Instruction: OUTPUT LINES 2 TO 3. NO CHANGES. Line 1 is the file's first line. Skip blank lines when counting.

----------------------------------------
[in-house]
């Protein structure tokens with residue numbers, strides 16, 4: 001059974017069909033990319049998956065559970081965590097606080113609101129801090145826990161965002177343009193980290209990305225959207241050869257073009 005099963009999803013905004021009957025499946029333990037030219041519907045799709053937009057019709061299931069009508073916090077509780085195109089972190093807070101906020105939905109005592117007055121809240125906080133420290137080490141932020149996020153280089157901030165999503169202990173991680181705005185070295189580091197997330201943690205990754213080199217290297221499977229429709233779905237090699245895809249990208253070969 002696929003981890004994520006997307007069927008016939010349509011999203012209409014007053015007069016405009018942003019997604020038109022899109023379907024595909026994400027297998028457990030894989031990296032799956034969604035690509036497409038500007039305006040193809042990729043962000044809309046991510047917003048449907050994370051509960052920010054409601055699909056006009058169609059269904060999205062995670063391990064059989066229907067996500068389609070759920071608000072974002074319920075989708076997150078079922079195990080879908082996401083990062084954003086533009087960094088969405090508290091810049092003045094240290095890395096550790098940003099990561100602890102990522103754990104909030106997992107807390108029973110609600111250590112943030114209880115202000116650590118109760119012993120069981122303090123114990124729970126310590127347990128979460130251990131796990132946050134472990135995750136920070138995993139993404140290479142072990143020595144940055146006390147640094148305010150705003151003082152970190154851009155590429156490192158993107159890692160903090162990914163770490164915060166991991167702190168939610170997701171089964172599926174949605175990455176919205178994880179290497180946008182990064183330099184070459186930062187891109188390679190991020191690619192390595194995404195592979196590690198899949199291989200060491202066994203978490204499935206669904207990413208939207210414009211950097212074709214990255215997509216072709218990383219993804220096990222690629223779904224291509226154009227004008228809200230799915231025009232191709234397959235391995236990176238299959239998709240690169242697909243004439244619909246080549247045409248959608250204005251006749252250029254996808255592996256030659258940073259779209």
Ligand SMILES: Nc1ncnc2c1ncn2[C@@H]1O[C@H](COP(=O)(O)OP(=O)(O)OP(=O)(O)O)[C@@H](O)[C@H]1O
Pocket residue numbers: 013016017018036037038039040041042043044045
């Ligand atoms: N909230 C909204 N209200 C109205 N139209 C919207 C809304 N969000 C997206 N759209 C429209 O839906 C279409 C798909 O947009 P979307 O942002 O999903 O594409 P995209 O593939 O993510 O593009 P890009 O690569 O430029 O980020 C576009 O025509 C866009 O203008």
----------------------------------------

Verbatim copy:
């Protein structure tokens with residue numbers, strides 16, 4: 001059974017069909033990319049998956065559970081965590097606080113609101129801090145826990161965002177343009193980290209990305225959207241050869257073009 005099963009999803013905004021009957025499946029333990037030219041519907045799709053937009057019709061299931069009508073916090077509780085195109089972190093807070101906020105939905109005592117007055121809240125906080133420290137080490141932020149996020153280089157901030165999503169202990173991680181705005185070295189580091197997330201943690205990754213080199217290297221499977229429709233779905237090699245895809249990208253070969 002696929003981890004994520006997307007069927008016939010349509011999203012209409014007053015007069016405009018942003019997604020038109022899109023379907024595909026994400027297998028457990030894989031990296032799956034969604035690509036497409038500007039305006040193809042990729043962000044809309046991510047917003048449907050994370051509960052920010054409601055699909056006009058169609059269904060999205062995670063391990064059989066229907067996500068389609070759920071608000072974002074319920075989708076997150078079922079195990080879908082996401083990062084954003086533009087960094088969405090508290091810049092003045094240290095890395096550790098940003099990561100602890102990522103754990104909030106997992107807390108029973110609600111250590112943030114209880115202000116650590118109760119012993120069981122303090123114990124729970126310590127347990128979460130251990131796990132946050134472990135995750136920070138995993139993404140290479142072990143020595144940055146006390147640094148305010150705003151003082152970190154851009155590429156490192158993107159890692160903090162990914163770490164915060166991991167702190168939610170997701171089964172599926174949605175990455176919205178994880179290497180946008182990064183330099184070459186930062187891109188390679190991020191690619192390595194995404195592979196590690198899949199291989200060491202066994203978490204499935206669904207990413208939207210414009211950097212074709214990255215997509216072709218990383219993804220096990222690629223779904224291509226154009227004008228809200230799915231025009232191709234397959235391995236990176238299959239998709240690169242697909243004439244619909246080549247045409248959608250204005251006749252250029254996808255592996256030659258940073259779209």
Ligand SMILES: Nc1ncnc2c1ncn2[C@@H]1O[C@H](COP(=O)(O)OP(=O)(O)OP(=O)(O)O)[C@@H](O)[C@H]1O